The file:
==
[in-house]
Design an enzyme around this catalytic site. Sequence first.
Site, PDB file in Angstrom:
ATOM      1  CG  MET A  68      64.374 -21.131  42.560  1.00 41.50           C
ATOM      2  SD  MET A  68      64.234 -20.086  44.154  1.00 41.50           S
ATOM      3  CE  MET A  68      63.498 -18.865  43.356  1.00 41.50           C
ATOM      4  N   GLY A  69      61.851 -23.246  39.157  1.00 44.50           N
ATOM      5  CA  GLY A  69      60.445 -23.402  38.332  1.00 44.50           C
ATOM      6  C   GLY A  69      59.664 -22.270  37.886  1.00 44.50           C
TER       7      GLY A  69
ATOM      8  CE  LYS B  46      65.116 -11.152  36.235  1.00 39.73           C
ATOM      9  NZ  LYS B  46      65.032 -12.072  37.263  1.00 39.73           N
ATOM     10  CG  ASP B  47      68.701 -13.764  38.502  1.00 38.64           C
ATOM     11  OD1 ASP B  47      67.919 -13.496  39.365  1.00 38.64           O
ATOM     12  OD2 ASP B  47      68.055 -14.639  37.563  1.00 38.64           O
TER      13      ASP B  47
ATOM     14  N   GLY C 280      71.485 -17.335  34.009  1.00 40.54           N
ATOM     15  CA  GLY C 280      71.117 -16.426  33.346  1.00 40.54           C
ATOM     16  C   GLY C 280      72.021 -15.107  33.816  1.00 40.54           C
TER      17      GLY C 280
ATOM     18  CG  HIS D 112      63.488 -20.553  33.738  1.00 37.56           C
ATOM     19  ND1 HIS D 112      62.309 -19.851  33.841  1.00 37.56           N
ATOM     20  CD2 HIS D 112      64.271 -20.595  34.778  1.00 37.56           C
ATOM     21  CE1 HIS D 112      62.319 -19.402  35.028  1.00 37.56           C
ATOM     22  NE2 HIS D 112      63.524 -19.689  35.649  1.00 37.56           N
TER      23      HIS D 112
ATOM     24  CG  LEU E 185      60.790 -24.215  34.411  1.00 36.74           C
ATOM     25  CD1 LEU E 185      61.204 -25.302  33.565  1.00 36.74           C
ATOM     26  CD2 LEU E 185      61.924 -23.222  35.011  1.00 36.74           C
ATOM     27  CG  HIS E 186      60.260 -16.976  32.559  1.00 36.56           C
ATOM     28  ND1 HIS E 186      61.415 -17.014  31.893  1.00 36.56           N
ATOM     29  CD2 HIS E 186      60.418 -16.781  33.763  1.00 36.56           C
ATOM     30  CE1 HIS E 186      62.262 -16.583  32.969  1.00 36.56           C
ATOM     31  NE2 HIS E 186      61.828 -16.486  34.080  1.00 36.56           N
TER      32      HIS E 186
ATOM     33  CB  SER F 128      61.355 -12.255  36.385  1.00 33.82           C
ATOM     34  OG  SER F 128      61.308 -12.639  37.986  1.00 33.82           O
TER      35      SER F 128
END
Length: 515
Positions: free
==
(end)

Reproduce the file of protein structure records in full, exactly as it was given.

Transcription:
[in-house]
Design an enzyme around this catalytic site. Sequence first.
Site, PDB file in Angstrom:
ATOM      1  CG  MET A  68      64.374 -21.131  42.560  1.00 41.50           C
ATOM      2  SD  MET A  68      64.234 -20.086  44.154  1.00 41.50           S
ATOM      3  CE  MET A  68      63.498 -18.865  43.356  1.00 41.50           C
ATOM      4  N   GLY A  69      61.851 -23.246  39.157  1.00 44.50           N
ATOM      5  CA  GLY A  69      60.445 -23.402  38.332  1.00 44.50           C
ATOM      6  C   GLY A  69      59.664 -22.270  37.886  1.00 44.50           C
TER       7      GLY A  69
ATOM      8  CE  LYS B  46      65.116 -11.152  36.235  1.00 39.73           C
ATOM      9  NZ  LYS B  46      65.032 -12.072  37.263  1.00 39.73           N
ATOM     10  CG  ASP B  47      68.701 -13.764  38.502  1.00 38.64           C
ATOM     11  OD1 ASP B  47      67.919 -13.496  39.365  1.00 38.64           O
ATOM     12  OD2 ASP B  47      68.055 -14.639  37.563  1.00 38.64           O
TER      13      ASP B  47
ATOM     14  N   GLY C 280      71.485 -17.335  34.009  1.00 40.54           N
ATOM     15  CA  GLY C 280      71.117 -16.426  33.346  1.00 40.54           C
ATOM     16  C   GLY C 280      72.021 -15.107  33.816  1.00 40.54           C
TER      17      GLY C 280
ATOM     18  CG  HIS D 112      63.488 -20.553  33.738  1.00 37.56           C
ATOM     19  ND1 HIS D 112      62.309 -19.851  33.841  1.00 37.56           N
ATOM     20  CD2 HIS D 112      64.271 -20.595  34.778  1.00 37.56           C
ATOM     21  CE1 HIS D 112      62.319 -19.402  35.028  1.00 37.56           C
ATOM     22  NE2 HIS D 112      63.524 -19.689  35.649  1.00 37.56           N
TER      23      HIS D 112
ATOM     24  CG  LEU E 185      60.790 -24.215  34.411  1.00 36.74           C
ATOM     25  CD1 LEU E 185      61.204 -25.302  33.565  1.00 36.74           C
ATOM     26  CD2 LEU E 185      61.924 -23.222  35.011  1.00 36.74           C
ATOM     27  CG  HIS E 186      60.260 -16.976  32.559  1.00 36.56           C
ATOM     28  ND1 HIS E 186      61.415 -17.014  31.893  1.00 36.56           N
ATOM     29  CD2 HIS E 186      60.418 -16.781  33.763  1.00 36.56           C
ATOM     30  CE1 HIS E 186      62.262 -16.583  32.969  1.00 36.56           C
ATOM     31  NE2 HIS E 186      61.828 -16.486  34.080  1.00 36.56           N
TER      32      HIS E 186
ATOM     33  CB  SER F 128      61.355 -12.255  36.385  1.00 33.82           C
ATOM     34  OG  SER F 128      61.308 -12.639  37.986  1.00 33.82           O
TER      35      SER F 128
END
Length: 515
Positions: free